With technology, market concerns and the introduction of new techniques and practices all driving interest in aseptic processing and its validation, one might think of the regulatory backbone as one of pressure and punishment. Actually, the opposite seems closer to the truth. Mr. Baseman praised the FDA for its ability to solicit commentary when preparing its guidances, both from individual players and major industry organizations like the Parenteral Drug Association (PDA). Not only does this give them a wider array of knowledge to use, the process settles industry players for whatever changes are to come. "I believe it's rare for the FDA to come out with something that's a big surprise," said Mr. Baseman. "For the most part what happens is that guidance gets issued that reflects what the FDA has been talking about and what the industry has been doing.

"I think there's an anticipation, but I don't think people are sitting there saying, ‘Maybe we shouldn't do any process validation this year because everything is going to change.' I don't think that's the case. The FDA has done a good job indicating where it's heading with this. They certainly put out some pretty good information in their initiative documents. There was a CPG that came out I think last year, but that CPG -- and that's their internal guidance document -- talked about what the agency would internally be looking for when it reviewed submissions. So if you read that, you kind of understood what the Agency is looking to do."

Groups like the PDA provide further support by issuing technical reports following guidances and standards, reports that provide a very specific way of meeting required standards, to be accepted, used or even refused, and make more clear the science of what's being done, away from purely regulatory motivations. For instance, PDA Technical Report #42 deals specifically and in what is described as a "practical" fashion with Process Validation in terms of protein manufacturing.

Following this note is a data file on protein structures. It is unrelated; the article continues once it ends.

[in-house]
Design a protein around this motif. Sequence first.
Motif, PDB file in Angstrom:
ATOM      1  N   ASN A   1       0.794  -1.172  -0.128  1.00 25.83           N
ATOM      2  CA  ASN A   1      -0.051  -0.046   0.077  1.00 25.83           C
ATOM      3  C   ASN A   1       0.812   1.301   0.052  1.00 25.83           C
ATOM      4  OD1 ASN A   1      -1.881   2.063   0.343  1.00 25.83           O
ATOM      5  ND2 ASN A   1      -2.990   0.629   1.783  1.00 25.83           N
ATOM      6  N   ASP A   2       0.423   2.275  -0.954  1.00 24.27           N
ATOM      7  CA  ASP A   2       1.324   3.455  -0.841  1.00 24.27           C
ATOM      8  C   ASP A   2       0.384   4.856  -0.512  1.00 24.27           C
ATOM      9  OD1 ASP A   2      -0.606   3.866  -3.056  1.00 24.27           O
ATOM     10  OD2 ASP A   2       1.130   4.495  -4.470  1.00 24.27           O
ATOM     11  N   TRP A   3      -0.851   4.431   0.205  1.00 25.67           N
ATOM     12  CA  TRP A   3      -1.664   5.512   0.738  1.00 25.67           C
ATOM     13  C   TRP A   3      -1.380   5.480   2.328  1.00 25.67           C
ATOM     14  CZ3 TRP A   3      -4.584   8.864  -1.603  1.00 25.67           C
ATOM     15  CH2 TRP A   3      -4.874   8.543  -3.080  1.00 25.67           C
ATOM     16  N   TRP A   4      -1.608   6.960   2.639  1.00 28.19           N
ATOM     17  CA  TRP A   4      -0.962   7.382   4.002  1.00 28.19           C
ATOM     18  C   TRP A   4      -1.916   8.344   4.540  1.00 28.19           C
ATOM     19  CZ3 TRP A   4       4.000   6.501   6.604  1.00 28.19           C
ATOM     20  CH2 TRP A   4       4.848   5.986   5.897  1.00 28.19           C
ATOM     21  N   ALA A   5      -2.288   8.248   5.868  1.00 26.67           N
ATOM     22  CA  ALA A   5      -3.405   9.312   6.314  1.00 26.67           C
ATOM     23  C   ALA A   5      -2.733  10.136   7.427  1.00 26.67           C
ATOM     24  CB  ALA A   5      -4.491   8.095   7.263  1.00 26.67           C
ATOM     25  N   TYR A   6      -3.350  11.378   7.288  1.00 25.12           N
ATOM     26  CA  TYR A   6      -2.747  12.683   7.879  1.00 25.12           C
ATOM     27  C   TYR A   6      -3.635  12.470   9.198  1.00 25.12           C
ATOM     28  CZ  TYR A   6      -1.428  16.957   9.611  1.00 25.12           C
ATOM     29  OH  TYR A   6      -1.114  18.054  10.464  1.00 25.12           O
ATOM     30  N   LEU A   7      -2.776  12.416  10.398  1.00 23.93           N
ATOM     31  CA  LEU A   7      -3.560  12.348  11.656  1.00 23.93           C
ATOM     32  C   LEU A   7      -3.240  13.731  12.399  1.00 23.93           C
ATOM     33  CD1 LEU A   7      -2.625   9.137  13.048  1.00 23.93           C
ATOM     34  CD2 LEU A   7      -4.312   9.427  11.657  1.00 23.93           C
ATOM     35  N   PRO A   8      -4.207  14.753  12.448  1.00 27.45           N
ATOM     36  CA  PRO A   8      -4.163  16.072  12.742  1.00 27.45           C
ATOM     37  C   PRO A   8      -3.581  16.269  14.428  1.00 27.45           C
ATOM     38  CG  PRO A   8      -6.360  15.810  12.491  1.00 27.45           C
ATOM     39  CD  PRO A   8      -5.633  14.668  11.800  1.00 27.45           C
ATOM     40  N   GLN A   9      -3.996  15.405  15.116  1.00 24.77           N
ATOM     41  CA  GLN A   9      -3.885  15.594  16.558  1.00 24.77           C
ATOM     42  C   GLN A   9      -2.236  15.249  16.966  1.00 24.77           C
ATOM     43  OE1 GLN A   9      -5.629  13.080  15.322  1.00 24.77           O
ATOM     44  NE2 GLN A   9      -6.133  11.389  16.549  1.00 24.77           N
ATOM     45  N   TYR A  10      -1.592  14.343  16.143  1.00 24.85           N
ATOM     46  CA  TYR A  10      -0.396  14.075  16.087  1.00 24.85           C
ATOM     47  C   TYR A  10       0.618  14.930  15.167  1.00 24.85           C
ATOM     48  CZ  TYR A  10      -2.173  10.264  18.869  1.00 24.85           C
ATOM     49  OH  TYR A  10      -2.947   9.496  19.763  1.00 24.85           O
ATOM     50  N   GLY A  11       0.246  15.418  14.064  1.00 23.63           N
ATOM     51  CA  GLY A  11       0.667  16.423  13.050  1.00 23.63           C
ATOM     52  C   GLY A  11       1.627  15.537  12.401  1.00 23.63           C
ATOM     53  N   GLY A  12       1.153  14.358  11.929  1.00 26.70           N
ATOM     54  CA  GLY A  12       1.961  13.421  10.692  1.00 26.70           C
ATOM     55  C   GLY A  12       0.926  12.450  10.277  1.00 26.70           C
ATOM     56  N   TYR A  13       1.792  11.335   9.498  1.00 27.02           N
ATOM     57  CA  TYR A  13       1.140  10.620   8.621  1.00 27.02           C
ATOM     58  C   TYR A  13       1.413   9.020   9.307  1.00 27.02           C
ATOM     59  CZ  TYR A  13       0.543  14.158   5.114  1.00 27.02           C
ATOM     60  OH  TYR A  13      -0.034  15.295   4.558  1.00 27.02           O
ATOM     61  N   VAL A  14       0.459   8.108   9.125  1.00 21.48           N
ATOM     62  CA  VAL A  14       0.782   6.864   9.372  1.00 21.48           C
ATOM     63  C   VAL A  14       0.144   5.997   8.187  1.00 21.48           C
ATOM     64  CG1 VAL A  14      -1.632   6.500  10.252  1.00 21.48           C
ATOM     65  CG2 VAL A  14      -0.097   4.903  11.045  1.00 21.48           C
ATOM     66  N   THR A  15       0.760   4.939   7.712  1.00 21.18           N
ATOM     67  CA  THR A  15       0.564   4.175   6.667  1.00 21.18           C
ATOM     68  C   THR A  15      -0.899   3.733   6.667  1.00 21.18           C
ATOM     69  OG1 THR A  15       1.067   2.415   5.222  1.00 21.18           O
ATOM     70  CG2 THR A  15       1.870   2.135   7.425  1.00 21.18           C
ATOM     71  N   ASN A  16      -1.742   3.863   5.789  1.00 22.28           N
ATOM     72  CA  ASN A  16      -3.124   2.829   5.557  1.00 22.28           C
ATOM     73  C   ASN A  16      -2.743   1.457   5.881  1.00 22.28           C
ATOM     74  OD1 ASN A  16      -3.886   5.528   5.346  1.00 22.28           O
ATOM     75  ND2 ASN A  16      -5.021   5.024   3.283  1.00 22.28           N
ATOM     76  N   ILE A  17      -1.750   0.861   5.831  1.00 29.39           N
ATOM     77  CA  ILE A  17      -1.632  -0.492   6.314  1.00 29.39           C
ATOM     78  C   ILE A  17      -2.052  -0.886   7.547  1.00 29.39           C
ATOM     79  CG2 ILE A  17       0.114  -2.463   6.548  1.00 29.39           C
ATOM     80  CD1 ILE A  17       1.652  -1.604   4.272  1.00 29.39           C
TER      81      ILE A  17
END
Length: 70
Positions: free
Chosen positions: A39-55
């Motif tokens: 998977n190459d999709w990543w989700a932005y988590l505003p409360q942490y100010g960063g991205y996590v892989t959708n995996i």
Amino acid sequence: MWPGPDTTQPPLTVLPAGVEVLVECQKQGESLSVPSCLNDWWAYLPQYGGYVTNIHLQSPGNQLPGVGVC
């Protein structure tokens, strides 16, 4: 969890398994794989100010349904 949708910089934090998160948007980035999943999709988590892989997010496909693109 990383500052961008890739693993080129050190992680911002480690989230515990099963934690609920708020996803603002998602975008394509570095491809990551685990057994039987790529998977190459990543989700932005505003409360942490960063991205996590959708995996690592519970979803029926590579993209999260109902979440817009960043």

This system of multiple supports and reinforcements sets the stage for a revised guidance from the FDA for processing validation. Mr. Phelan characterized such revisions as "imminent." As to what that revision will entail, Mr. Baseman opined, "I think it may have something to do with new techniques. There's so much new technology that's coming out now, and I think it's important that the PDA weigh in on new technology, things down the road: new technologies for monitoring and so forth."

Mr. Phelan thinks the emphasis will be on the principles driving multiple solutions. "What I would expect is that it will contain all the intellectual components that one would classically associate with process validation and then it will have loaded on top of those good validation practices the concepts of design space, critical process parameters, risk-based decision-making and then practical validation approaches -- a rationale that says I understand what drives my process and I understand the critical parameters I need you to control and I need to validate.'"

As more companies are driven to work with drug forms that resist terminal sterilization, those that embrace GMPs and a risk-based outlook should find strong support in terms of aseptic process validation techniques, applied to steps ranging from filtration to use of isolators to air flow, that match the criticality of each phase to their overall function. Look for future guidance and technical papers to build on rather than replace the general outlook, at least until it becomes routine, as all former hot topics must sooner or later.